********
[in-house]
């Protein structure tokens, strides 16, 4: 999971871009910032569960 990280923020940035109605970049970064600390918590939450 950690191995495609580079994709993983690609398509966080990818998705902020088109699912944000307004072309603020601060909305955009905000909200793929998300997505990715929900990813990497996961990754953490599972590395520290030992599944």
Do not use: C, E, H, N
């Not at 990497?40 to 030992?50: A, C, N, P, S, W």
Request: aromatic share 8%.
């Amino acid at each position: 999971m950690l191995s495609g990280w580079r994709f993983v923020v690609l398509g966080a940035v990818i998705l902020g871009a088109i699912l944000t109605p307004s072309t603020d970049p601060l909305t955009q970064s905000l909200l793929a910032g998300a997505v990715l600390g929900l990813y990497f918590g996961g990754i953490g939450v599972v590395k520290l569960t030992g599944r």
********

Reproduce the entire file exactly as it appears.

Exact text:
[in-house]
């Protein structure tokens, strides 16, 4: 999971871009910032569960 990280923020940035109605970049970064600390918590939450 950690191995495609580079994709993983690609398509966080990818998705902020088109699912944000307004072309603020601060909305955009905000909200793929998300997505990715929900990813990497996961990754953490599972590395520290030992599944």
Do not use: C, E, H, N
């Not at 990497?40 to 030992?50: A, C, N, P, S, W």
Request: aromatic share 8%.
């Amino acid at each position: 999971m950690l191995s495609g990280w580079r994709f993983v923020v690609l398509g966080a940035v990818i998705l902020g871009a088109i699912l944000t109605p307004s072309t603020d970049p601060l909305t955009q970064s905000l909200l793929a910032g998300a997505v990715l600390g929900l990813y990497f918590g996961g990754i953490g939450v599972v590395k520290l569960t030992g599944r």